Ranchers need to use caution during pricklypear control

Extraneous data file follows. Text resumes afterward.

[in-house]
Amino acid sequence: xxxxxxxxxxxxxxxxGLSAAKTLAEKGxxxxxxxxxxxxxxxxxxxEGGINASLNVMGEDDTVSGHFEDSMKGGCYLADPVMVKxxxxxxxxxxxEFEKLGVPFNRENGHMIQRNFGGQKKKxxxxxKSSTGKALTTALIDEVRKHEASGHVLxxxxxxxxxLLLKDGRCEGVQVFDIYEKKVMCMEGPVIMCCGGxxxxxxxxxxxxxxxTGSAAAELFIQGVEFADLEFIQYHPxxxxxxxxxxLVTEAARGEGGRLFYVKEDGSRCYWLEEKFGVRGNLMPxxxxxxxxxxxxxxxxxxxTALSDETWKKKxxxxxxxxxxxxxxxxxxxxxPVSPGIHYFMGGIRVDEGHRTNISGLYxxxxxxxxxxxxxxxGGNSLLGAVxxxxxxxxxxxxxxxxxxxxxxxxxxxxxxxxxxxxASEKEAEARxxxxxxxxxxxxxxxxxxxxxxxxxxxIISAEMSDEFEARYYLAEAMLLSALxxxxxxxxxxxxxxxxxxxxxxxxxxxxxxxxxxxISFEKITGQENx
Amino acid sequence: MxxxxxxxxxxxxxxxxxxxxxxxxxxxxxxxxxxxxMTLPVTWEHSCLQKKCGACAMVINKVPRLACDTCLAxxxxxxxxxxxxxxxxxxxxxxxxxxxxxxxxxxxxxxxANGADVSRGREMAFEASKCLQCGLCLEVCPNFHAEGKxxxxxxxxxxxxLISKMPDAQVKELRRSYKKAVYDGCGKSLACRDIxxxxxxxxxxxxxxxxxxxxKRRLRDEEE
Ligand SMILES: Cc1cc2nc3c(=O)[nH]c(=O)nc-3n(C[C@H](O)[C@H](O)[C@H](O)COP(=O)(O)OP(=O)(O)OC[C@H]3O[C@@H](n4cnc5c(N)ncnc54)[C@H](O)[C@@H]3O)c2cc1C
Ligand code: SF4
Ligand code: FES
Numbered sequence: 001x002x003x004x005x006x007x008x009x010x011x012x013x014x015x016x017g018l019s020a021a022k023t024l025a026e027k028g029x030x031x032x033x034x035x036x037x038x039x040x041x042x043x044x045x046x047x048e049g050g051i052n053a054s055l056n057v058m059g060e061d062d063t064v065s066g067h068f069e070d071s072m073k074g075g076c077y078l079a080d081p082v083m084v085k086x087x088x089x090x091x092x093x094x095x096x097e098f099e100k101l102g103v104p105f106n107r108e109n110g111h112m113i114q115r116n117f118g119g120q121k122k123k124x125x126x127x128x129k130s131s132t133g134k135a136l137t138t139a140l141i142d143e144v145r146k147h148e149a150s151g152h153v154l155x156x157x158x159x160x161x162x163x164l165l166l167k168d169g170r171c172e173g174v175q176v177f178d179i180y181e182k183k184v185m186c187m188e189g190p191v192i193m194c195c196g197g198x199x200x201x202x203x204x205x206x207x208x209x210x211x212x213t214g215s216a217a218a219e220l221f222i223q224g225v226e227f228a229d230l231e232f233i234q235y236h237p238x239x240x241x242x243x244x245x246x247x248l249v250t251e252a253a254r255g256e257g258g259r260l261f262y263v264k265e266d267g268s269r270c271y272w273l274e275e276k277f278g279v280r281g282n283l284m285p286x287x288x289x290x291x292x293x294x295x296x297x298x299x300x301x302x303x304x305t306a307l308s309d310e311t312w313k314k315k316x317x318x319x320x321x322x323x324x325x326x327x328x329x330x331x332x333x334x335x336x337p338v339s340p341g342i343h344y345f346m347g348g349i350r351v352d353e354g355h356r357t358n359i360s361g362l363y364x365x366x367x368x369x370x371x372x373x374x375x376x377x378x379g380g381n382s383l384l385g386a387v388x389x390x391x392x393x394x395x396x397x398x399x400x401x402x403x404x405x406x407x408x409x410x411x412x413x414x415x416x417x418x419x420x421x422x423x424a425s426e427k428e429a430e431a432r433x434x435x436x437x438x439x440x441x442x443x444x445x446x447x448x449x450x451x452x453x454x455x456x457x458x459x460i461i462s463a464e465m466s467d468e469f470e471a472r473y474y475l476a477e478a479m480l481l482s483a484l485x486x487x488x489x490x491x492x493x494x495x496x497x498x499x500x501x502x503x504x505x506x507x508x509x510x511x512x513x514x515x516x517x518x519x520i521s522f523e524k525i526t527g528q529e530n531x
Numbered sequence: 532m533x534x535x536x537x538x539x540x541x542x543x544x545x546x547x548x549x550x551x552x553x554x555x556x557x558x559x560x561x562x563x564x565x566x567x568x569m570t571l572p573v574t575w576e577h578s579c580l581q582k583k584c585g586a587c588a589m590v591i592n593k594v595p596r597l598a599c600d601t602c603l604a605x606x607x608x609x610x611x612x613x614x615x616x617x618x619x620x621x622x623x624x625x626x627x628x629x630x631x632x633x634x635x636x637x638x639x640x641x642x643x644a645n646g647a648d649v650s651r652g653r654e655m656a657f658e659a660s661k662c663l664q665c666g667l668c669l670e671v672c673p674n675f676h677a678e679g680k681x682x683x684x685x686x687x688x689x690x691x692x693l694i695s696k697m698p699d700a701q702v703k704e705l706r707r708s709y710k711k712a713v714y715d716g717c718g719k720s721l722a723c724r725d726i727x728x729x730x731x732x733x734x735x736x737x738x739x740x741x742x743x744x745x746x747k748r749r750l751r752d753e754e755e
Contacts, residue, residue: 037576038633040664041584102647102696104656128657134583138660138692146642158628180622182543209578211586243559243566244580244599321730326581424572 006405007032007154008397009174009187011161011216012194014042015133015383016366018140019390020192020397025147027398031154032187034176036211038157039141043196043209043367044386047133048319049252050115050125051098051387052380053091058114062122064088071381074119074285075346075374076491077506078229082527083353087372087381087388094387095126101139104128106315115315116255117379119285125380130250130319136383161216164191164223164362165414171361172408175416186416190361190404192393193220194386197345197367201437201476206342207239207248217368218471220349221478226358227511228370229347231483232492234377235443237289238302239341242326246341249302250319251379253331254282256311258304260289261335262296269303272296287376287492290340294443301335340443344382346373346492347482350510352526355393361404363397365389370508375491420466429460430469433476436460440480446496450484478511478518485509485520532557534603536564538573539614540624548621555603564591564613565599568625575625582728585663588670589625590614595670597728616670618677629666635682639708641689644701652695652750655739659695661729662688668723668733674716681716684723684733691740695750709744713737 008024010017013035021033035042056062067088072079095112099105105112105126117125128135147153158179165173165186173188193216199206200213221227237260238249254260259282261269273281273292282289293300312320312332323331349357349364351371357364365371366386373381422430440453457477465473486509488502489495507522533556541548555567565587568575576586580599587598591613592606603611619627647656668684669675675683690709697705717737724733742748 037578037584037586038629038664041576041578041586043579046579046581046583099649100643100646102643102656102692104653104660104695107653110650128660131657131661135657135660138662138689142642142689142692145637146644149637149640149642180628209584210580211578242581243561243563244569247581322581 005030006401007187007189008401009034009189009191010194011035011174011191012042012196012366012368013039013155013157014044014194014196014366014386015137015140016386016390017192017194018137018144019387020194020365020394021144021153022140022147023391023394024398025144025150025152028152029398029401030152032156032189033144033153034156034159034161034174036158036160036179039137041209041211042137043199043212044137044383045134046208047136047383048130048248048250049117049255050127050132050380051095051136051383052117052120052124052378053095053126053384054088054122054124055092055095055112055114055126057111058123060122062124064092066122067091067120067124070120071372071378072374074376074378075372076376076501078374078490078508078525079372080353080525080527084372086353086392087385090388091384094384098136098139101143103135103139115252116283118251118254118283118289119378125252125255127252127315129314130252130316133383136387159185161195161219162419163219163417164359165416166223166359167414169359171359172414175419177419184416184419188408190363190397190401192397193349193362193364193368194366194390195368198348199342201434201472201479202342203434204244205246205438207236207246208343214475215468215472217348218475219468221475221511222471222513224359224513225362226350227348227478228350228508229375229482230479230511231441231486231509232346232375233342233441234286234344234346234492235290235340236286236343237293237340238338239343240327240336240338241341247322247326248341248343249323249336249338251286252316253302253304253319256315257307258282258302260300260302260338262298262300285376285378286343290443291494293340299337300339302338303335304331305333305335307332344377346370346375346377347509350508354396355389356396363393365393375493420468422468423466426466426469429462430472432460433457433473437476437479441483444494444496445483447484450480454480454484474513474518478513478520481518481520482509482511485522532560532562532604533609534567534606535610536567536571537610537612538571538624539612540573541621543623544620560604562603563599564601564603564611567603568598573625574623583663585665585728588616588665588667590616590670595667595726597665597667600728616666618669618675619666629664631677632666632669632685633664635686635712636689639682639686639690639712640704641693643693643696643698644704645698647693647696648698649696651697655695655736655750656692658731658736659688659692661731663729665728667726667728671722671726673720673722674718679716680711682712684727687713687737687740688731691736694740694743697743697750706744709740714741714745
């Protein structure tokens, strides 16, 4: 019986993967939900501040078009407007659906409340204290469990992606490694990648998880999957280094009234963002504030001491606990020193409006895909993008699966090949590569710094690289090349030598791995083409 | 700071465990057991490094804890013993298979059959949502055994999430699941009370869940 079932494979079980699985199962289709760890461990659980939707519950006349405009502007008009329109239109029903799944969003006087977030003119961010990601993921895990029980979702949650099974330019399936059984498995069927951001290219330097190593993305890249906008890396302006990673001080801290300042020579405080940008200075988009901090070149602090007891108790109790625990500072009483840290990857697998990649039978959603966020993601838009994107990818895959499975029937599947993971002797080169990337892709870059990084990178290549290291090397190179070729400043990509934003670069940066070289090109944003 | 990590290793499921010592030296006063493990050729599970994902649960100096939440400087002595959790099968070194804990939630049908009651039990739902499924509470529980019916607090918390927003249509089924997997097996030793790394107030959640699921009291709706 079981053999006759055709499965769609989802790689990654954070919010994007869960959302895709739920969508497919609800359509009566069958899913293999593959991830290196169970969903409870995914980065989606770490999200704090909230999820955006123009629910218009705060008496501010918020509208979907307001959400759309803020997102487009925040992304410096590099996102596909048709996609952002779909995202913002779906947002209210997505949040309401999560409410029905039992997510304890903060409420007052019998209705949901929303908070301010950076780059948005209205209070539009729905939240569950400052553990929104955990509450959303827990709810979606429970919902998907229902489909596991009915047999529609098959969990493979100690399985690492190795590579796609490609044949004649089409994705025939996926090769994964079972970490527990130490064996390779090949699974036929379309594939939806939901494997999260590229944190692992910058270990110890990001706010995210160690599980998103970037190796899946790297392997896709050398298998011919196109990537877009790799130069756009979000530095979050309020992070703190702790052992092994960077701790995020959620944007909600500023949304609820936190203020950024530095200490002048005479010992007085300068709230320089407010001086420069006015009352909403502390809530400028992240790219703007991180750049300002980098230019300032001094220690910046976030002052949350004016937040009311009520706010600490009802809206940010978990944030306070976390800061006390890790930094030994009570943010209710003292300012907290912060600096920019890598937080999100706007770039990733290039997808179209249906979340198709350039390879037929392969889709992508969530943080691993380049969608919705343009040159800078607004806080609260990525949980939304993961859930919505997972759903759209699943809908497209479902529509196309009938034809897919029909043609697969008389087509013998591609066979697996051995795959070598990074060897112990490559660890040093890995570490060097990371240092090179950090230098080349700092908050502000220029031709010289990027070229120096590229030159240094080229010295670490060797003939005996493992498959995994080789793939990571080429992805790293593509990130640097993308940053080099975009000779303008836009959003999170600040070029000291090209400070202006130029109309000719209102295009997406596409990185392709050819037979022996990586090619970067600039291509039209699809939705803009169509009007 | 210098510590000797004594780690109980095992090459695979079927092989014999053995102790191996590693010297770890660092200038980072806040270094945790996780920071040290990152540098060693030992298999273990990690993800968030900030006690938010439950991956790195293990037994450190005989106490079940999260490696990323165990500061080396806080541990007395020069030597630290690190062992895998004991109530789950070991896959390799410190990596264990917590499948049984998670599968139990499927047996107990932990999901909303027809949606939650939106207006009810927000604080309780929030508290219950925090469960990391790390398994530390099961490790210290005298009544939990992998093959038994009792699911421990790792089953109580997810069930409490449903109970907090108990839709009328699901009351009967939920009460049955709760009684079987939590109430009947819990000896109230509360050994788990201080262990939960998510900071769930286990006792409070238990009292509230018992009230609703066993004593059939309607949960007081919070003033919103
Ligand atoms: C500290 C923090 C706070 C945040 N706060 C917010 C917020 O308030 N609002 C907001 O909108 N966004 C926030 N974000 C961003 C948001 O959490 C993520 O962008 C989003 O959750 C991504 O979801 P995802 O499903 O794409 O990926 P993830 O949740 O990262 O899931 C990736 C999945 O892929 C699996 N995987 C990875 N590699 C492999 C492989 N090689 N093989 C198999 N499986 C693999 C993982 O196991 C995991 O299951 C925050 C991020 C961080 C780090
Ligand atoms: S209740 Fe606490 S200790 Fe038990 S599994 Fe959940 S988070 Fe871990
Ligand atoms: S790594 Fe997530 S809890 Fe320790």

Ranchers in Central and West Texas have been fighting pricklypear for many years. Thick pear not only causes animal heath problems, but reduces the amount of land and forage that is accessible to livestock. One popular and effective control method is the aerial application of the herbicide picloram. In the days when livestock grazing was very profitable and wildlife did not generate much income, the control of pricklypear was widely recommended and considered to be a wise investment. In more recent years as wildlife and hunting generates as much or more income than livestock, pricklypear control must be viewed with greater caution. The herbicide picloram will kill or injure a number of very desirable wildlife plants in addition to pricklypear. Picloram is especially harmful to hackberry and littleleaf sumac, two of the best deer, turkey and quail plants. The herbicide also kills or injures desirable forbs that are essential for good wildlife habitat. In some cases, desirable forbs have not recovered five to eight years after spraying of pricklypear. The removal of pricklypear could also have a detrimental effect on quail populations. Studies have demonstrated that quail often choose to nest in the grasses that grow among pricklypear. Often, this is the only place where larger clumps of grass needed by quail can persist. There are several ways to reduce the damage that can occur when pricklypear is sprayed. On smaller acreage and lighter infestations, pricklypear can be sprayed by hand or from a four wheeler. Call the local NRCS office or County Agent for details on the proper use of this method. Damage to desirable shrubs is eliminated and damage to desirable forbs is decreased. For large acreage and thicker infestations a combination of prescribed burning followed by lighter rates of herbicide are effective. There will still be some damage to desirable plants, but the damage will be reduced. For the person who wants to maximize wildlife habitat and do no harm to desirable plants, the use of prescribed burning without herbicides is the best choice. A single fire will reduce pricklypear canopy significantly and insects will then begin to damage living pads. A second fire two or three years after the first will further thin and damage the pear. This procedure will not eradicate pricklypear, but will usually reduce it to a tolerable density. Too much pricklypear is not good, but a moderate scattered amount can be considered desirable. Deer, turkey and livestock eat the pear apples especially in drought and quail peck the fruits to get the fleshy pulp. The nest cover and escape cover provided by pricklypear can improve quail habitat.

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